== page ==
Annotations, a form of metadata, provide data about a program that is not part of the program itself. Annotations have no direct effect on the operation of the code they annotate.
Uses of Annotations:
Information for the compiler — Annotations can be used by the compiler to detect errors or suppress warnings.
Compile-time and deployment-time processing — Software tools can process annotation information to generate code, XML files, and so forth.
Runtime processing — some annotations are available to be examined at runtime.
Example of Java annotations:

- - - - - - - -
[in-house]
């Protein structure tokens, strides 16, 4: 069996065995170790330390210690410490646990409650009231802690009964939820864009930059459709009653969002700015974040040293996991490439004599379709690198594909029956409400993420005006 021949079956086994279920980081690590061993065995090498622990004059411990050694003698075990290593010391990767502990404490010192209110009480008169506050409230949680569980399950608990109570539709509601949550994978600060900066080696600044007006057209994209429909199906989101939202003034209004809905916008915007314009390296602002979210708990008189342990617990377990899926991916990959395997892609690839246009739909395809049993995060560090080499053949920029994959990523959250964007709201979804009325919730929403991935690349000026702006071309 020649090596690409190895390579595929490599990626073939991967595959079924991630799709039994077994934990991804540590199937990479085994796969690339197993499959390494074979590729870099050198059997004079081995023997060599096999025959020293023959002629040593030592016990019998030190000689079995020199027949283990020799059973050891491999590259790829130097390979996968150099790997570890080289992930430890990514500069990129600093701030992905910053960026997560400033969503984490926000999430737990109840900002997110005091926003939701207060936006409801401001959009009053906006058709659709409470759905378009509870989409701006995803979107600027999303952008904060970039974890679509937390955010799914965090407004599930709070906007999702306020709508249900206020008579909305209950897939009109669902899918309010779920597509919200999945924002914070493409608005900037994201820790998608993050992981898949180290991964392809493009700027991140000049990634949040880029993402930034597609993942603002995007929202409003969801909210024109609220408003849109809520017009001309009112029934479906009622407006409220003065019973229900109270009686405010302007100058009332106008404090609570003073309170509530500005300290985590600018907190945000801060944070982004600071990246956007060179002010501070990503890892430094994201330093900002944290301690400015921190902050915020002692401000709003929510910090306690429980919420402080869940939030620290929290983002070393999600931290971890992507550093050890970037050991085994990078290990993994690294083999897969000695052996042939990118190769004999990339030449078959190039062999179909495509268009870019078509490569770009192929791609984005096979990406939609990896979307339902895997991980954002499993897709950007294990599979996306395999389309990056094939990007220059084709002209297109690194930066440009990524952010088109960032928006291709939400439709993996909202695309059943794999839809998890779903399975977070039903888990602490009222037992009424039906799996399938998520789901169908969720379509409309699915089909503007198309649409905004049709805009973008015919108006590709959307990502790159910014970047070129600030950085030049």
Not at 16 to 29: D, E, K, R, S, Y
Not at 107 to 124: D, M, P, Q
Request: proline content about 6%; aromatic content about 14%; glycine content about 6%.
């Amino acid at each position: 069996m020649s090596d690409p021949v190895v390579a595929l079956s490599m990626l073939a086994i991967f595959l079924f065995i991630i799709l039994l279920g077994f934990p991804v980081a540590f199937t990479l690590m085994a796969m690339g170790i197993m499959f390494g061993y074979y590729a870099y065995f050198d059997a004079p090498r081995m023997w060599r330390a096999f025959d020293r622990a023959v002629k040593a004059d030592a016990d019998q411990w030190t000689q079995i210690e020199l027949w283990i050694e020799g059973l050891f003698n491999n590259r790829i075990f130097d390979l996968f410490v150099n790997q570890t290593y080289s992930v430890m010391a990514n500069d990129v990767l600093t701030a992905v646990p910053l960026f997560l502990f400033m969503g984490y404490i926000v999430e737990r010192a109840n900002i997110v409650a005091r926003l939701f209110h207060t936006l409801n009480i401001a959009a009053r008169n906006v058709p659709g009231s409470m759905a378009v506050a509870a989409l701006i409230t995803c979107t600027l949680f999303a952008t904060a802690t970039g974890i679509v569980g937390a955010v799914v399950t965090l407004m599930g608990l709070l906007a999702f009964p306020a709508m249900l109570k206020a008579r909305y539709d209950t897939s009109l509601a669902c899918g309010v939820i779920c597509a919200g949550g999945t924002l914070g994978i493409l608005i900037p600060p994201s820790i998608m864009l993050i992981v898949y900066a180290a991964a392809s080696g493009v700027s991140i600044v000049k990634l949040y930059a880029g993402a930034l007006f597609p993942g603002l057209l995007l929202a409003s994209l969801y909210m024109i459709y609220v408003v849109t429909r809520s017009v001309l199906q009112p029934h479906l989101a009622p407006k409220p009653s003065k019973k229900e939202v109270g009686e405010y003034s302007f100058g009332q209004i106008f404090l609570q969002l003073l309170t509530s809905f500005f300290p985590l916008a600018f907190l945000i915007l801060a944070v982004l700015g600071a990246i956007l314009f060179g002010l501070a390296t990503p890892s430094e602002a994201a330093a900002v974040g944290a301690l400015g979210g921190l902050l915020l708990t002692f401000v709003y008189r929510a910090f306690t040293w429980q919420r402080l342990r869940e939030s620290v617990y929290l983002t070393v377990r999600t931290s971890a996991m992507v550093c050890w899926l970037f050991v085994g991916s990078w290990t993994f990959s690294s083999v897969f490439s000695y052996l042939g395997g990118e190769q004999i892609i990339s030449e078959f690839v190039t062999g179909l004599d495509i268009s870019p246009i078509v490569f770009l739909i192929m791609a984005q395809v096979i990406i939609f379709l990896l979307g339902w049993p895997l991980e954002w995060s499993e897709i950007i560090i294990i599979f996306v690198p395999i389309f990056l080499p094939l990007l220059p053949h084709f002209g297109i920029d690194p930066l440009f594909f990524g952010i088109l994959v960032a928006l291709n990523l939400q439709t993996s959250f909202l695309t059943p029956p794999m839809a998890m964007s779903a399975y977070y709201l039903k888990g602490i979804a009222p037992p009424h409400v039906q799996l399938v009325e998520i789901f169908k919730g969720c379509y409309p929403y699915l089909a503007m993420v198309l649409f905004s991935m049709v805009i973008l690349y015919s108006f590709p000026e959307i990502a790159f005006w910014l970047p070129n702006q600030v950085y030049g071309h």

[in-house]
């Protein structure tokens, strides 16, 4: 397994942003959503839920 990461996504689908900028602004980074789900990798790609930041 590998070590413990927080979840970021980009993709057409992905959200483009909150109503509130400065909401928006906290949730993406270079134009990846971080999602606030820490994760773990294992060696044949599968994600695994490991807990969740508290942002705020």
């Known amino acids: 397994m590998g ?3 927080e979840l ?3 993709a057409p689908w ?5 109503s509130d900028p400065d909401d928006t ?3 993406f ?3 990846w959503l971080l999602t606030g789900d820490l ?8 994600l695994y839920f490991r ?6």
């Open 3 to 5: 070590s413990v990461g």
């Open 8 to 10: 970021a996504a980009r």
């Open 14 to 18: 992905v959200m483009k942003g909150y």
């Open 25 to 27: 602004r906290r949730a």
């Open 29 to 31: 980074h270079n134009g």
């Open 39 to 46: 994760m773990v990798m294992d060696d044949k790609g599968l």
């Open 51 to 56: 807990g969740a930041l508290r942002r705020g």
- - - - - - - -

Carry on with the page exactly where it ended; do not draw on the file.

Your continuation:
To describe constraints or usage of an element: e.g. @Deprecated, @Override, or @NotNull.
To describe the "nature" of an element: e.g. @Entity, @TestCase, @WebService.
To describe the behavior of an element: @Statefull, @Transaction.
To describe how to process the element: @Column, @XmlElement.
In all the above cases, annotations are used to describe the element and clarify its meaning.
Prior to JDK5, information that is now expressed with annotations needed to be stored somewhere else, and XML files were frequently used. However it is more convenient to use annotations because they will belong to the Java code itself, and are hence much easier to manipulate than XML.
Advantages of the annotation:
1) All the information is in a single file (no need to open two files to configure a given behavior).
2) When the class changes, no need to modify the xml file.